This weeks world newsflash:
On Monday, the very first firefighting robot in America has just now helped put out a blaze in downtown Los Angeles. Just this week, the Los Angeles fire department became the first city in the country to add robots to their rank. Weighing in at about 3,500 pounds, the Thermite Robotic Systems 3 firefighting vehicle or RS3, is capable of releasing around 2,500 gallons of water per minute. The fire fighting robot is controlled by a small hand remote and is equipped with a camera so it can be steered through difficult conditions in the field. Although this robot is about the same size as a smart car this small bot is far from weak. If needed, this robot can plow through walls and buildings to get to where it needs to be. The RS3 could change the future of firefighting and save many lives in the process. After its major success this week officials hope that this lionhearted robot will continue to help protect the Los Angeles community and its firefighters.
On Tuesday, as part of the World Wildlife Fund scheme to regenerate bushland torched in the deadly Australian forest fires, drones are now being used to drop seeds of gum trees around the east coast. Scientists hope this new way of planting gum trees will help boost the koala population and save them from extinction. These drones are able to plant 40,000 seeds in a day and will help create corridors so that koalas and other wildlife can move across a landscape fragmented by fire and land clearing. The gum trees are koala’s main food source and restoring bushland and forest destroyed by the 2019-2020 fires is the key to their long term survival. The fire was said to have displaced 3 billion mammals, birds, and reptiles and destroyed or damaged up to 7 billion trees across 37 million acres. The World Wildlife Fund or WWF is seeking to raise around $211 million dollars over the next five years to fund the initiative of the seed planting drones and other methods of restoring this forest habitat. Conservationists hope that these drones along with other methods will help restore this beautiful land and save the koala species.
On Wednesday, 14 year old Anika Chebrolu was given $25,000 for her scientific breakthrough that could lead to a COVID-19 cure. Eighth grader Anika Chebrolu from Texas found a molecule that can selectively bind to the spike protein of the SARS-CoV-2. Binding and inhibiting this viral protein would potentially stop the virus entry into the cell, creating a viable drug target. For her impressive scientific breakthrough, Anika has been named winner of the 2020 3M Young Scientist Challenge held by America’s premier middle school competition. Using numerous software tools Anika screened millions of small molecules for drug likeness properties, ADMET properties, and binding affinities against the spike protein. Anika can now call herself “America’s Top Young Scientist” and will be taken on a destination trip for her successes.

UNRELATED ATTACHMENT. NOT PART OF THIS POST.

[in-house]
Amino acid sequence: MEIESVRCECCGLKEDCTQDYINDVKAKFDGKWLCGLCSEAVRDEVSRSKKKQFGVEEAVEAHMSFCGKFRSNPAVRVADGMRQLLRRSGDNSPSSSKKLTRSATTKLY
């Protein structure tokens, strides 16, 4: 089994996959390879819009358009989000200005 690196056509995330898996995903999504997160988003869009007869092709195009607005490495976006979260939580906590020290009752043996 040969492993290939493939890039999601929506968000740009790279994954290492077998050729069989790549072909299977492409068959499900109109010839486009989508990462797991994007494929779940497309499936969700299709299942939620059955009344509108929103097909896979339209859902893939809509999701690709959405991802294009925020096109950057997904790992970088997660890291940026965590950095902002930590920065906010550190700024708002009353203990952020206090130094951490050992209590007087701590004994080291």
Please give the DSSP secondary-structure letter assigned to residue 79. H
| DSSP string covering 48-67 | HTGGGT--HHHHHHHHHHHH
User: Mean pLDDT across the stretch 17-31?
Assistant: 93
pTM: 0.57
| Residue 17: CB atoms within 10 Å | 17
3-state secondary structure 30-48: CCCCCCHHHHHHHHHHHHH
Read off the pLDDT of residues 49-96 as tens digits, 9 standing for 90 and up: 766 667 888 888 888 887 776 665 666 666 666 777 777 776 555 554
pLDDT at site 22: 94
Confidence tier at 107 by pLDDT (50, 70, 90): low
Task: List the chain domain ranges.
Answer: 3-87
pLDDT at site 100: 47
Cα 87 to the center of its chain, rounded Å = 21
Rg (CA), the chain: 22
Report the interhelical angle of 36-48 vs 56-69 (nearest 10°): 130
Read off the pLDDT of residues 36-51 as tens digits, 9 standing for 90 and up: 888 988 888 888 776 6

On Thursday, trachoma has just now been eradicated from the country Myanmar. This eradication is extra impressive considering trachoma has been the cause of 4 percent of the population’s blindness. The community-based interventions to eliminate the disease consisted of surgical treatment, topical antibiotic treatment and water, sanitation and hygiene, and health education promoting behavior change to decrease transmission. The program further expanded to include accessible interventions in rural areas. Since 2018, the prevalence of trachoma has since gone down a mere 0.008% making this disease no longer a public health problem. So far 12 countries have successfully achieved the feat and are happy Myanmar is getting added to the list.